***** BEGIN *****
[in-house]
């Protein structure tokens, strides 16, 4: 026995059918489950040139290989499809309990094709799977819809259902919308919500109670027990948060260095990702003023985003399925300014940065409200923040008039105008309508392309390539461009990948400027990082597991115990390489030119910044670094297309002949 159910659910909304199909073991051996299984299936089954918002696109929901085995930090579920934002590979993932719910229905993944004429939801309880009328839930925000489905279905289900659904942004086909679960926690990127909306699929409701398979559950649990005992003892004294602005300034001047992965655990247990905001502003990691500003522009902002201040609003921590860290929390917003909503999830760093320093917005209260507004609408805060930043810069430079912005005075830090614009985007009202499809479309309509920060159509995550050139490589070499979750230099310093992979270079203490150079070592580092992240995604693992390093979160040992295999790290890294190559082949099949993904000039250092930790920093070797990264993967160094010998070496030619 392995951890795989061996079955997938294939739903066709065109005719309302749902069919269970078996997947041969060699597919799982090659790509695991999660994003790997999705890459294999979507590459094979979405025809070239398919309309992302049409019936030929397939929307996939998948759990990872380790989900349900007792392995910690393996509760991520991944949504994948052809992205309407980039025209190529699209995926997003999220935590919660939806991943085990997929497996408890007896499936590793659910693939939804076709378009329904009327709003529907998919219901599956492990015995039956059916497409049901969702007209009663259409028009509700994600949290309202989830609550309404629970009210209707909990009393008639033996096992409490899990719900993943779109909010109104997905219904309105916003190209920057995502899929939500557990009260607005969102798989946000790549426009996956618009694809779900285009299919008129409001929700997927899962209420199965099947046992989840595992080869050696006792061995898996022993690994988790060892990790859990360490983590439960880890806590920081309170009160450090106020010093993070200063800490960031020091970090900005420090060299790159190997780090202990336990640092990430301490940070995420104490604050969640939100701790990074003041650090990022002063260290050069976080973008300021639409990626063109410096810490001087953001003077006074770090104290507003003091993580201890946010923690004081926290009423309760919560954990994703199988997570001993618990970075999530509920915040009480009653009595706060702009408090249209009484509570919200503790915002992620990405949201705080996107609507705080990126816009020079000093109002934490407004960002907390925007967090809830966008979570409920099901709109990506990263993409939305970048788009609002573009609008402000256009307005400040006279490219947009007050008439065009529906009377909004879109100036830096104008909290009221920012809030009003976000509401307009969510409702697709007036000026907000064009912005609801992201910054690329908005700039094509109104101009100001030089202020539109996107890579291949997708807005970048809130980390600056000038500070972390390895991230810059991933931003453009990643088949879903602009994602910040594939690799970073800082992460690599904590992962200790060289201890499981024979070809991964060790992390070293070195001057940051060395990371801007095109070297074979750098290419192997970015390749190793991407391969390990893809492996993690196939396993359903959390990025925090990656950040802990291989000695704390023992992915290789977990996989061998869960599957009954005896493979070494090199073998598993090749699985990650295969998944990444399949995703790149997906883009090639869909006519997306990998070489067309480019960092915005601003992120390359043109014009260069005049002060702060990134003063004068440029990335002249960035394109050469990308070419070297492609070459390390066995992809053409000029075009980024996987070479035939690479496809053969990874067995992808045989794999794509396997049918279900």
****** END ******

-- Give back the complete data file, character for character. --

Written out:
[in-house]
């Protein structure tokens, strides 16, 4: 026995059918489950040139290989499809309990094709799977819809259902919308919500109670027990948060260095990702003023985003399925300014940065409200923040008039105008309508392309390539461009990948400027990082597991115990390489030119910044670094297309002949 159910659910909304199909073991051996299984299936089954918002696109929901085995930090579920934002590979993932719910229905993944004429939801309880009328839930925000489905279905289900659904942004086909679960926690990127909306699929409701398979559950649990005992003892004294602005300034001047992965655990247990905001502003990691500003522009902002201040609003921590860290929390917003909503999830760093320093917005209260507004609408805060930043810069430079912005005075830090614009985007009202499809479309309509920060159509995550050139490589070499979750230099310093992979270079203490150079070592580092992240995604693992390093979160040992295999790290890294190559082949099949993904000039250092930790920093070797990264993967160094010998070496030619 392995951890795989061996079955997938294939739903066709065109005719309302749902069919269970078996997947041969060699597919799982090659790509695991999660994003790997999705890459294999979507590459094979979405025809070239398919309309992302049409019936030929397939929307996939998948759990990872380790989900349900007792392995910690393996509760991520991944949504994948052809992205309407980039025209190529699209995926997003999220935590919660939806991943085990997929497996408890007896499936590793659910693939939804076709378009329904009327709003529907998919219901599956492990015995039956059916497409049901969702007209009663259409028009509700994600949290309202989830609550309404629970009210209707909990009393008639033996096992409490899990719900993943779109909010109104997905219904309105916003190209920057995502899929939500557990009260607005969102798989946000790549426009996956618009694809779900285009299919008129409001929700997927899962209420199965099947046992989840595992080869050696006792061995898996022993690994988790060892990790859990360490983590439960880890806590920081309170009160450090106020010093993070200063800490960031020091970090900005420090060299790159190997780090202990336990640092990430301490940070995420104490604050969640939100701790990074003041650090990022002063260290050069976080973008300021639409990626063109410096810490001087953001003077006074770090104290507003003091993580201890946010923690004081926290009423309760919560954990994703199988997570001993618990970075999530509920915040009480009653009595706060702009408090249209009484509570919200503790915002992620990405949201705080996107609507705080990126816009020079000093109002934490407004960002907390925007967090809830966008979570409920099901709109990506990263993409939305970048788009609002573009609008402000256009307005400040006279490219947009007050008439065009529906009377909004879109100036830096104008909290009221920012809030009003976000509401307009969510409702697709007036000026907000064009912005609801992201910054690329908005700039094509109104101009100001030089202020539109996107890579291949997708807005970048809130980390600056000038500070972390390895991230810059991933931003453009990643088949879903602009994602910040594939690799970073800082992460690599904590992962200790060289201890499981024979070809991964060790992390070293070195001057940051060395990371801007095109070297074979750098290419192997970015390749190793991407391969390990893809492996993690196939396993359903959390990025925090990656950040802990291989000695704390023992992915290789977990996989061998869960599957009954005896493979070494090199073998598993090749699985990650295969998944990444399949995703790149997906883009090639869909006519997306990998070489067309480019960092915005601003992120390359043109014009260069005049002060702060990134003063004068440029990335002249960035394109050469990308070419070297492609070459390390066995992809053409000029075009980024996987070479035939690479496809053969990874067995992808045989794999794509396997049918279900």